One possible explanation for these changes is a sorting of grain sizes, such as removal of fine dust from the surface, which could result from either a wet process or dry one. Two other possible explanations are an increase in the more-oxidised (ferric) component of the minerals, or an overall darkening due to moisture. Either of these would point to water, even though no water was directly detected. The spectral observations might miss the presence of water, because the [RSL] are much narrower than the area of ground sampled with each CRISM reading. Also, the orbital observations have been made only in afternoons and could miss morning moisture.
Here’s Ojha discussing the results on RTV.
In today’s announcement, complemented with a paper in Nature Geoscience, NASA has said it has found the presence of hydrated salts at four different locations at the same time when RSL are also widely present there, during warmer seasons. Then, the salts appear in lower concentrations when the RSL fade in colder times – strongly suggesting that the formation of the two is related. According to the HiRISE team, “RSL are located in many places: equatorial and as far north as Acidalia Planitia,” which is a plain situated about 50º N and 340º E.
Analysing data obtained by the CRISM instrument, Ojha & co. found that the salts were magnesium perchlorate, magnesium chlorate and sodium perchlorate. On Earth, these compounds typically condense out of water, so their presence acts as a wetness marker.
The salts are also hygroscopic: they absorb water vapour from the atmosphere and then dissolve quickly in the resulting solution. The name ‘perchlorate’ refers to the molecules containing the the ClO4– anion. They form naturally in dry conditions, although on Earth they are present in very low concentrations. However, in 2009, scientists found that the soil surrounding Mars’s northern polar regions, in the plains called Vastitas Borealis, contain perchlorates to the tune of 0.4-0.6%. Such quantities are dangerous to humans should they ever land on Mars as they’re known to interfere with how the human body processes iodine. Perchlorates are also very soluble in water and reduce its freezing point – sodium perchlorate by 40 kelvin and magnesium perchlorate by upto 70 kelvin – a property that could be keeping water liquid on the chill Martian surface.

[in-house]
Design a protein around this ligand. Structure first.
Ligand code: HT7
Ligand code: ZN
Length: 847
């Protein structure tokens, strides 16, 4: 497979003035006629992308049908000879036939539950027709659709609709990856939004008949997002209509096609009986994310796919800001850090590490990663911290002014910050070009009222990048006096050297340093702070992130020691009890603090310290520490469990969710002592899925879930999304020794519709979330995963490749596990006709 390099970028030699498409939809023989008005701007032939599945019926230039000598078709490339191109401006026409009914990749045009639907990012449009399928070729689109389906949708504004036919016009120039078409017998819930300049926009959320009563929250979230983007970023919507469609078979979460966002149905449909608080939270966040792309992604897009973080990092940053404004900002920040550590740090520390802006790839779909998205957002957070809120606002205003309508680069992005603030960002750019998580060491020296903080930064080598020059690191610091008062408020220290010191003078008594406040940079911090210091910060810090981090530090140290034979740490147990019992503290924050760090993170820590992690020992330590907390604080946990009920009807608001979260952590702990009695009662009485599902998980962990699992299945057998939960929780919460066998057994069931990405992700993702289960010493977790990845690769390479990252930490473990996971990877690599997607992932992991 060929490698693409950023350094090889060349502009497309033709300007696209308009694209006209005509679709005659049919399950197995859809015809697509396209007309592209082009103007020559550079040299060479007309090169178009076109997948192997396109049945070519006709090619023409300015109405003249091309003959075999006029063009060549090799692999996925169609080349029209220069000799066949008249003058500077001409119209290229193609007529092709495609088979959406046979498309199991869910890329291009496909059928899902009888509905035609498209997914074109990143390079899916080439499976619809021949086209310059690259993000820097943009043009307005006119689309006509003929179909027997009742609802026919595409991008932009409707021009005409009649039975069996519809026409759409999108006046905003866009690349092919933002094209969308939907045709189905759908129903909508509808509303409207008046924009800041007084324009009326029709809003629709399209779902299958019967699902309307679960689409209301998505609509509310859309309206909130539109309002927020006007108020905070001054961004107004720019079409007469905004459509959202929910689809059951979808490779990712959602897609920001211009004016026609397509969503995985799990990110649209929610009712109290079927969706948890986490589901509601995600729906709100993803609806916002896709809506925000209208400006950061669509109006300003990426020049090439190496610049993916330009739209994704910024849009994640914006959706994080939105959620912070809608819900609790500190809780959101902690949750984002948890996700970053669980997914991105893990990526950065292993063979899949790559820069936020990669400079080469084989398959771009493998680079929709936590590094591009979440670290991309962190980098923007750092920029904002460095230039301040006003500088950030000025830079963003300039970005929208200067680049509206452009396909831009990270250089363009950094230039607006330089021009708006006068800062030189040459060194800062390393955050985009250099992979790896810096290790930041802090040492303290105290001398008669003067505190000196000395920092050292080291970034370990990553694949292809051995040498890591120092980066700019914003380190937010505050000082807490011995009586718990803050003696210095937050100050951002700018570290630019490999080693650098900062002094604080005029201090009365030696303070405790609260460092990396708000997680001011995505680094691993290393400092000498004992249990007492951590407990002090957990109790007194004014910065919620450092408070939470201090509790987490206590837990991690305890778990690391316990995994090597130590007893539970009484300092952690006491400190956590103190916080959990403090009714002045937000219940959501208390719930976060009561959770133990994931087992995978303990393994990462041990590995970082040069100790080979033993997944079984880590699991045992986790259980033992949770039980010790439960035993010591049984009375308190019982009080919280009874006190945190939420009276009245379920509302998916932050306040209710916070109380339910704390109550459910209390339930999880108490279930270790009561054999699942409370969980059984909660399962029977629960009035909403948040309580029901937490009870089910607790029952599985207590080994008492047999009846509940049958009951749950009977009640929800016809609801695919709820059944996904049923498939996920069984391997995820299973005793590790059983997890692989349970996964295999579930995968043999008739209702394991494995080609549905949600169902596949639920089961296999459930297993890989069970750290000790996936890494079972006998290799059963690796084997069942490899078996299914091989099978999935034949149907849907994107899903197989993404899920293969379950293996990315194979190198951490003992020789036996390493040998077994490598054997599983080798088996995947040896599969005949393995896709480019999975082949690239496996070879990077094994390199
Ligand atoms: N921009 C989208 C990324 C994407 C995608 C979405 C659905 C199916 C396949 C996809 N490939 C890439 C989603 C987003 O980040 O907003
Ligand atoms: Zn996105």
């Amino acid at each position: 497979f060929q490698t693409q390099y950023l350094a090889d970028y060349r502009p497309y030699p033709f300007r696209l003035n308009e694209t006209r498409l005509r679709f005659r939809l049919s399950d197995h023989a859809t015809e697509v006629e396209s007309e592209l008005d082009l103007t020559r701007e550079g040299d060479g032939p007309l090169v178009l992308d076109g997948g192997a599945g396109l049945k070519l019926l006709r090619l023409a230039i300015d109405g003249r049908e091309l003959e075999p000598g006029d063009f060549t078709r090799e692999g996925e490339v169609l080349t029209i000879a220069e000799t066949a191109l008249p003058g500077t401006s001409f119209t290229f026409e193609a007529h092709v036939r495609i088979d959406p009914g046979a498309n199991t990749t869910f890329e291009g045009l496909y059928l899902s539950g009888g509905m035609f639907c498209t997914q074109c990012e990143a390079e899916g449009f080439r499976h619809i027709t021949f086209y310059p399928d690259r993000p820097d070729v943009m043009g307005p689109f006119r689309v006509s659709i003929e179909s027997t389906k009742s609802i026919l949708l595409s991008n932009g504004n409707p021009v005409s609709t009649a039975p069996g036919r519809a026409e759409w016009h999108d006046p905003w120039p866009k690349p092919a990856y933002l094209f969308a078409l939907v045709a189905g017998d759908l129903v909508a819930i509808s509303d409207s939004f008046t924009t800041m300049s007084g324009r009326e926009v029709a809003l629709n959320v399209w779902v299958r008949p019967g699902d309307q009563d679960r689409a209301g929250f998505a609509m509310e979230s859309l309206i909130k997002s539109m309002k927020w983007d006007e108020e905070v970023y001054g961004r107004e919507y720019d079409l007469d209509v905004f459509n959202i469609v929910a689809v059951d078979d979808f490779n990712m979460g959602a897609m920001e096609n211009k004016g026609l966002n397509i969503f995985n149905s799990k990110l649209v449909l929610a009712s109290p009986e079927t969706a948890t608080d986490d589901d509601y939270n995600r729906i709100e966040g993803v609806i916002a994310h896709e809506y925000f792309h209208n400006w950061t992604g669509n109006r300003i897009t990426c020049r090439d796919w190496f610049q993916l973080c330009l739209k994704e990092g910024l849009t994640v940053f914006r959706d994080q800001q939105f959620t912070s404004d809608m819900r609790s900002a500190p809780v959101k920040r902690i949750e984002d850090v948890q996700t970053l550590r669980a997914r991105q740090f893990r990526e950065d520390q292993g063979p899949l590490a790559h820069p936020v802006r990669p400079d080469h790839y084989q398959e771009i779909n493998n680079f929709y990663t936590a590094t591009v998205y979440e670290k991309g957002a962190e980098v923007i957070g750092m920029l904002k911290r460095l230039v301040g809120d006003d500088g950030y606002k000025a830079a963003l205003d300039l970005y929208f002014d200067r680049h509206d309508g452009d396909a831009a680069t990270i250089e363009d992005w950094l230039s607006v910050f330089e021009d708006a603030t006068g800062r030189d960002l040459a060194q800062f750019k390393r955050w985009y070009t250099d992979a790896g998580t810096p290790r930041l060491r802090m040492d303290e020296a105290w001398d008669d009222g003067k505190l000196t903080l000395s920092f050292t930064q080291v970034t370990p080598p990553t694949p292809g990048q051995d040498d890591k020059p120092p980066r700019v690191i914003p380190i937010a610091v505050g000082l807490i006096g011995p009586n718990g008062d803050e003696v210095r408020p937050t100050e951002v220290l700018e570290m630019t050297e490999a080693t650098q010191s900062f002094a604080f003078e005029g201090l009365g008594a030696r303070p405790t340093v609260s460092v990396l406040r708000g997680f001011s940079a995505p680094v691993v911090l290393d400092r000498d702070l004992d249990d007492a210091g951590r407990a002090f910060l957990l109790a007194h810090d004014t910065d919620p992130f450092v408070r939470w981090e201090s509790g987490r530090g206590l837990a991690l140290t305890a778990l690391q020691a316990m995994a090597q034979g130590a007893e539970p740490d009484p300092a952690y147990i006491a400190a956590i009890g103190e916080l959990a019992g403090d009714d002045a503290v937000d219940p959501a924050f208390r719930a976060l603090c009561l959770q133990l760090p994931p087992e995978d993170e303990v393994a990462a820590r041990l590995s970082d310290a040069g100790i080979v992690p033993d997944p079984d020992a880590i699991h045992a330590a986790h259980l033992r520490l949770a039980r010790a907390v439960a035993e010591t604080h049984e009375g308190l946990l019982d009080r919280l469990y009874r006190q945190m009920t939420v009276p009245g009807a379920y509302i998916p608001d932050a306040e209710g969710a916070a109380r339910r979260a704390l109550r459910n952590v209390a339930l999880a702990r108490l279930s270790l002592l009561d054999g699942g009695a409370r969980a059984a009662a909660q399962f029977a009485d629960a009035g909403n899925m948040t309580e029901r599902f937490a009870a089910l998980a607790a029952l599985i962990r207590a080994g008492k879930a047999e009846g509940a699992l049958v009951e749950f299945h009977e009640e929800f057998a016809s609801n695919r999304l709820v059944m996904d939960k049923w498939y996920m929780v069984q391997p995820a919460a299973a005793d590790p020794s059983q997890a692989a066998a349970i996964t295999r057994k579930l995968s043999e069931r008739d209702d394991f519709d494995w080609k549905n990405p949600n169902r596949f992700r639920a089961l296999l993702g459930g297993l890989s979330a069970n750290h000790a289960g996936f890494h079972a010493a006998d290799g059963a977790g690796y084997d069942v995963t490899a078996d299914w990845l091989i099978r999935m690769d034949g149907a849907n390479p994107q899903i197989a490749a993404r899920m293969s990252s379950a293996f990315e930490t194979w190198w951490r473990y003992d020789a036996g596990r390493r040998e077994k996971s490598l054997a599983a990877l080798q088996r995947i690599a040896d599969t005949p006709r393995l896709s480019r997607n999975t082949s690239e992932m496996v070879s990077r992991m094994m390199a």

As Ojha said during the presser, “The source of molecular water in the perchlorates is either due to features of the RSL itself or some other property that created the RSL”, but then adding that “the features are probably due to the presence of liquid water” itself.
Even so, if the RSL is all the water’s doing, where could it be coming from? Ojha and his team have considered three unlikely possibilities. Melting ice is doubtful because the RSL were situated around equatorial regions, where ice is not likely to exist. That the water could be coming from a local aquifer is ruled out because no RSL have been found extending to mountaintops. There’s the off chance that some compounds in the dirt – like the perchlorates – could be absorbing moisture out of the atmosphere and condensing it on the ground. Mary Beth Wilhelm of NASA’s Ames Research Centre in Moffett Field, California, calls this her “favourite scenario”.